Attention Center created for Mecosta-Osceola youth
OSCEOLA COUNTY — Regardless of age, all people at least occasionally have problems.
Youth are no exception.
Mecosta and Osceola counties have a program in place to reach out to runaways and homeless youth.
The Youth Attention Center is located in the Mecosta County Courthouse — Room 134 on the first floor.
It offers programs to provide specific help for specific situations. Reflections is a 90-day outreach. Through it, youngsters ages 12-17 can have what could be classified a time-out. A time to reflect and deal with such issues as arguing, or having other problems getting along at home. It aids runaways by allowing them space to sort things out, and having help in the sorting.
Another program provides help to at-risk youngsters at home and in the schools. That programs provides help in dealing with relationships, self-esteem issues, making choices.
In some situations, the Center staff can “...borrow a bed from the DHS, and give them more intense help,” according to director Amy Eddinger. Through it, it’s not a matter of coming to an office, but rather the office outreaching into the home.
Another program, Transitions, offers help to homeless individuals between 16-21 years of age, or those who are at risk of being homeless. They may lack certain living skills, and this outreach could consist of such help as how to apply for jobs, doing a resume, passing a driver’s test or getting a license, maybe even preparing meals.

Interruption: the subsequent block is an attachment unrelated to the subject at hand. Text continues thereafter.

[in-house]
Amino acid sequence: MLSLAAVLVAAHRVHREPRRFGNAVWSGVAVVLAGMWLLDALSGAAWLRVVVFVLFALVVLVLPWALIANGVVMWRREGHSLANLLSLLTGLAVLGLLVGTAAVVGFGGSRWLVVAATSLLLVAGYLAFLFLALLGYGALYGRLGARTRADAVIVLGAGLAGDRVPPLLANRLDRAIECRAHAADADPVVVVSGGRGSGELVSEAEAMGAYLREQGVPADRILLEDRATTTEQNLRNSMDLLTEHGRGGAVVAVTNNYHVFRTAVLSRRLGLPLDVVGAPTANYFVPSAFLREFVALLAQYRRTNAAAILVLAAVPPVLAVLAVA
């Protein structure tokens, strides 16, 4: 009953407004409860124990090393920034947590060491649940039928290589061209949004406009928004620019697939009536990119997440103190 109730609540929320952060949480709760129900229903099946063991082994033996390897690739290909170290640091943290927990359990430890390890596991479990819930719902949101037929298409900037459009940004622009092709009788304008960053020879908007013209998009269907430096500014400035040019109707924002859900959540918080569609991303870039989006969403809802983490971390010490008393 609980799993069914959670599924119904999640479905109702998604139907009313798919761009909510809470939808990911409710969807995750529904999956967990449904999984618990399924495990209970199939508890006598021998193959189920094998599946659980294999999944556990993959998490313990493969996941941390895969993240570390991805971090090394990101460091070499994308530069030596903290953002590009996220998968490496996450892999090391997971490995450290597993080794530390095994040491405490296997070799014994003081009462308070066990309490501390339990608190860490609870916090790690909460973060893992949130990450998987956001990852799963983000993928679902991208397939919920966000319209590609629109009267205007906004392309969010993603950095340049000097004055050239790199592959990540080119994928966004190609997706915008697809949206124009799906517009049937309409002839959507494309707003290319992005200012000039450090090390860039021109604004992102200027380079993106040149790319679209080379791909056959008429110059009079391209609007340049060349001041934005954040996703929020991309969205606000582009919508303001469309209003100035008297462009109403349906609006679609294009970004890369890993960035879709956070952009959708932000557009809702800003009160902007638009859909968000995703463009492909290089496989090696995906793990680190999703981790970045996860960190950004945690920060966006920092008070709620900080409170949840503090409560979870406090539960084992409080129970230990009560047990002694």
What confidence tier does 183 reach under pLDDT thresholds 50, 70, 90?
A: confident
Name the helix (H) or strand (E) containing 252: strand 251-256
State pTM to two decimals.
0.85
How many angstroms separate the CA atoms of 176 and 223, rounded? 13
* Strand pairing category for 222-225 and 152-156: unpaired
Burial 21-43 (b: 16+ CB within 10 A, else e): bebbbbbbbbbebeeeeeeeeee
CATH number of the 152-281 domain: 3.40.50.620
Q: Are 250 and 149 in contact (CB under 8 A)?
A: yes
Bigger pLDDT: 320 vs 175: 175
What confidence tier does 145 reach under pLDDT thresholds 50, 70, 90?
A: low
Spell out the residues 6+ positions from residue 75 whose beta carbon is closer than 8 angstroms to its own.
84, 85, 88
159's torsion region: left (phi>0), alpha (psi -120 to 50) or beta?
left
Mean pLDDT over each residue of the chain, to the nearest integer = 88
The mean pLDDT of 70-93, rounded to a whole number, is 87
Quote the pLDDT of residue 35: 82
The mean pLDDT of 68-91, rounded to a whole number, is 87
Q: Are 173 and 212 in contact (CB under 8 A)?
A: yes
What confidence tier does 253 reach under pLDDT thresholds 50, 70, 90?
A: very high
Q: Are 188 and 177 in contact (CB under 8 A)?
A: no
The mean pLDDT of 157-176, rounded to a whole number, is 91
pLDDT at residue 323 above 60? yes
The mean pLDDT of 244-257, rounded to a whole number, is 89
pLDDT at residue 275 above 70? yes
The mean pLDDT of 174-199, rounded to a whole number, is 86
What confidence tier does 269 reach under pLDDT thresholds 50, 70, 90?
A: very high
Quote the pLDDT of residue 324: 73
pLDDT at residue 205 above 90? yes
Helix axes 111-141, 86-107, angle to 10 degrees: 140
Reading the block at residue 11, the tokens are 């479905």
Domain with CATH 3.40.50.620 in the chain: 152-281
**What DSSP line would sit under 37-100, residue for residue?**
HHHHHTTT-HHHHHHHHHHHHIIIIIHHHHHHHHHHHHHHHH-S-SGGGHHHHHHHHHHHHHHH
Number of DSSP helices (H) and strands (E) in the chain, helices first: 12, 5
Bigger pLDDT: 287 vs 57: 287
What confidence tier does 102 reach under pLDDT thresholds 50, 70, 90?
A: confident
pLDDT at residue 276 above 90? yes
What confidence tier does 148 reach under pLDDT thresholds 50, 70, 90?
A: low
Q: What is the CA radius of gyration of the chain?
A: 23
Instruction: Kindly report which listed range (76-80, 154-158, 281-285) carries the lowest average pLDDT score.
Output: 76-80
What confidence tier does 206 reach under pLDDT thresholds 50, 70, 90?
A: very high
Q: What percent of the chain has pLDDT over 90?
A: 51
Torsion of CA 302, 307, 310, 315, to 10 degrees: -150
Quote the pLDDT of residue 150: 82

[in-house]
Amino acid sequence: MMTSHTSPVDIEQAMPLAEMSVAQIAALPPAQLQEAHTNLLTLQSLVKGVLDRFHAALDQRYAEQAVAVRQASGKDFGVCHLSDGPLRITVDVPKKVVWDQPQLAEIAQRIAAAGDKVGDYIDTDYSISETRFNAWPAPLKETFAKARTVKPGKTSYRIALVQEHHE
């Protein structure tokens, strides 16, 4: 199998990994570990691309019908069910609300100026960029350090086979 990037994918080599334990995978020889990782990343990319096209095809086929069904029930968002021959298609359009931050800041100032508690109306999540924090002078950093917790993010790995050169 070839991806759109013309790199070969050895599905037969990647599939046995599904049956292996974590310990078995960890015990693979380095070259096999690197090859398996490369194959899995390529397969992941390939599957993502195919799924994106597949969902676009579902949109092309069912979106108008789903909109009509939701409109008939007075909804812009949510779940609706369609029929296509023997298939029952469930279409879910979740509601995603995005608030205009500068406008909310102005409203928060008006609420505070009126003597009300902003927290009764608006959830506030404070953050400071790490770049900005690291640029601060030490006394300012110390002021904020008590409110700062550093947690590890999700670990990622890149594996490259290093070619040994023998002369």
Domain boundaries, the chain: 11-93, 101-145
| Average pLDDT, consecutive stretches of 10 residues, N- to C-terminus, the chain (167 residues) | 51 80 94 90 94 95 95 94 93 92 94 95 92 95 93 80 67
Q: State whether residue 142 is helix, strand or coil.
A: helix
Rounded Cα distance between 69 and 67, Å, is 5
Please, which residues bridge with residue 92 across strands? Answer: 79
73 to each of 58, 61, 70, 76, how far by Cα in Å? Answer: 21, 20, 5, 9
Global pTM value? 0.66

The goal is to help the individual set goals and learn to live successfully. That program usually has a 10-15 person caseload.
The Youth Attention Center is staffed by Eddinger and Angela Pugh, a caseworker. They outreach to both counties, which includes approximately 20 schools.
In addition, the office offered a summer program to clients “and it worked well,” Eddinger noted. In included such activities as canoeing, bowling, and baseball games. Fun, but instructional and helpful to the youngsters involved as well.
“We also work with community service clients,” she said, “and in that we focus on building skills and working in a positive environment.”
She noted that need has increased.
The homeless youth program is new to the Center, “however, we have noticed a real significant increase in our transition focus.”
It was noted that until age 17, youngsters having difficulties are kept in their homes when at all possible. Eddinger noted that sometimes parents have a tendency to try to keep problems hidden, “and try to resolve their own issues. We’re not miracle workers,” she noted, but a fresh perspective can be extremely helpful during those growing up years.
Parents are welcome to call the Youth Attention Center office at (231) 592-0129 anytime. Someone is on call 24 hours a day, seven days a week. Eddinger said that anybody can call in a referral, and under certain criteria, if a child of any age calls, we can talk. Kids can call us any time.”
The caseworker added that another benefit to the program is the confidentiality rule. “They can trust us and really tell us what’s actually going on in their lives in the 1:1 meetings we have at the schools, and unless it’s something illegal or someone may be planning to harm himself or someone else, it can be kept confidential.”
Eddinger added that sometimes even young children just need someone to hear them, “and we will.”
October’s focus was on the homeless, and the national focus during November is on runaways. It is the goal of the Youth Attention Center to not only hear these youngsters, and offer help if need be, but also to help develop skills.